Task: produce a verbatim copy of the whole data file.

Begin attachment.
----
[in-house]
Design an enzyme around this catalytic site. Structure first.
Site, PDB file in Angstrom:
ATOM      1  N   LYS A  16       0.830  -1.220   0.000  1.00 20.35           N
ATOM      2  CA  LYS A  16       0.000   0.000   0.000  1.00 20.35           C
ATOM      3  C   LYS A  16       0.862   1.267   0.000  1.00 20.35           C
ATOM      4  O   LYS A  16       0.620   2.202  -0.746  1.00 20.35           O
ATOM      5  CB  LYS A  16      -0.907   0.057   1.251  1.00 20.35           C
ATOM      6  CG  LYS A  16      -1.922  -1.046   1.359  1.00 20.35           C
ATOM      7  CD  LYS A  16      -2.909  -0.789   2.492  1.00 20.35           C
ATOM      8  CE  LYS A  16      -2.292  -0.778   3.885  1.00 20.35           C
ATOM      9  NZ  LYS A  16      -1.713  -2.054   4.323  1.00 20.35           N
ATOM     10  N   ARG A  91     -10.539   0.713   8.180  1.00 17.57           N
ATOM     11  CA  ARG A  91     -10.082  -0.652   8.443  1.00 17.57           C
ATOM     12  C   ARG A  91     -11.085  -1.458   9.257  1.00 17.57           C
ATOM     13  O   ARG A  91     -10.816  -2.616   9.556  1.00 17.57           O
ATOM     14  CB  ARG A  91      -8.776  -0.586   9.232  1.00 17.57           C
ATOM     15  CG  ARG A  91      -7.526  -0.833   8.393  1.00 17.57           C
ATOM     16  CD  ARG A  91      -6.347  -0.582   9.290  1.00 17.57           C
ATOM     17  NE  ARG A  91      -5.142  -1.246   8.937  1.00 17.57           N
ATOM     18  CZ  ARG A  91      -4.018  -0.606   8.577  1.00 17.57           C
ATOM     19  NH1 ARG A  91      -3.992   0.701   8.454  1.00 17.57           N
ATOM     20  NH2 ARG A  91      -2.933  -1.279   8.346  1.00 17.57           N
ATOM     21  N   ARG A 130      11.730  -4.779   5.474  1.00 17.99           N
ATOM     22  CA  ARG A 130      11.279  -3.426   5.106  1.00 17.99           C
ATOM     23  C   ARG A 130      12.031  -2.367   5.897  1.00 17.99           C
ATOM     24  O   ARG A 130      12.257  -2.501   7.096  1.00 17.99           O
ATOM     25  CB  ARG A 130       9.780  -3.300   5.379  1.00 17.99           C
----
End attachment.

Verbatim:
[in-house]
Design an enzyme around this catalytic site. Structure first.
Site, PDB file in Angstrom:
ATOM      1  N   LYS A  16       0.830  -1.220   0.000  1.00 20.35           N
ATOM      2  CA  LYS A  16       0.000   0.000   0.000  1.00 20.35           C
ATOM      3  C   LYS A  16       0.862   1.267   0.000  1.00 20.35           C
ATOM      4  O   LYS A  16       0.620   2.202  -0.746  1.00 20.35           O
ATOM      5  CB  LYS A  16      -0.907   0.057   1.251  1.00 20.35           C
ATOM      6  CG  LYS A  16      -1.922  -1.046   1.359  1.00 20.35           C
ATOM      7  CD  LYS A  16      -2.909  -0.789   2.492  1.00 20.35           C
ATOM      8  CE  LYS A  16      -2.292  -0.778   3.885  1.00 20.35           C
ATOM      9  NZ  LYS A  16      -1.713  -2.054   4.323  1.00 20.35           N
ATOM     10  N   ARG A  91     -10.539   0.713   8.180  1.00 17.57           N
ATOM     11  CA  ARG A  91     -10.082  -0.652   8.443  1.00 17.57           C
ATOM     12  C   ARG A  91     -11.085  -1.458   9.257  1.00 17.57           C
ATOM     13  O   ARG A  91     -10.816  -2.616   9.556  1.00 17.57           O
ATOM     14  CB  ARG A  91      -8.776  -0.586   9.232  1.00 17.57           C
ATOM     15  CG  ARG A  91      -7.526  -0.833   8.393  1.00 17.57           C
ATOM     16  CD  ARG A  91      -6.347  -0.582   9.290  1.00 17.57           C
ATOM     17  NE  ARG A  91      -5.142  -1.246   8.937  1.00 17.57           N
ATOM     18  CZ  ARG A  91      -4.018  -0.606   8.577  1.00 17.57           C
ATOM     19  NH1 ARG A  91      -3.992   0.701   8.454  1.00 17.57           N
ATOM     20  NH2 ARG A  91      -2.933  -1.279   8.346  1.00 17.57           N
ATOM     21  N   ARG A 130      11.730  -4.779   5.474  1.00 17.99           N
ATOM     22  CA  ARG A 130      11.279  -3.426   5.106  1.00 17.99           C
ATOM     23  C   ARG A 130      12.031  -2.367   5.897  1.00 17.99           C
ATOM     24  O   ARG A 130      12.257  -2.501   7.096  1.00 17.99           O
ATOM     25  CB  ARG A 130       9.780  -3.300   5.379  1.00 17.99           C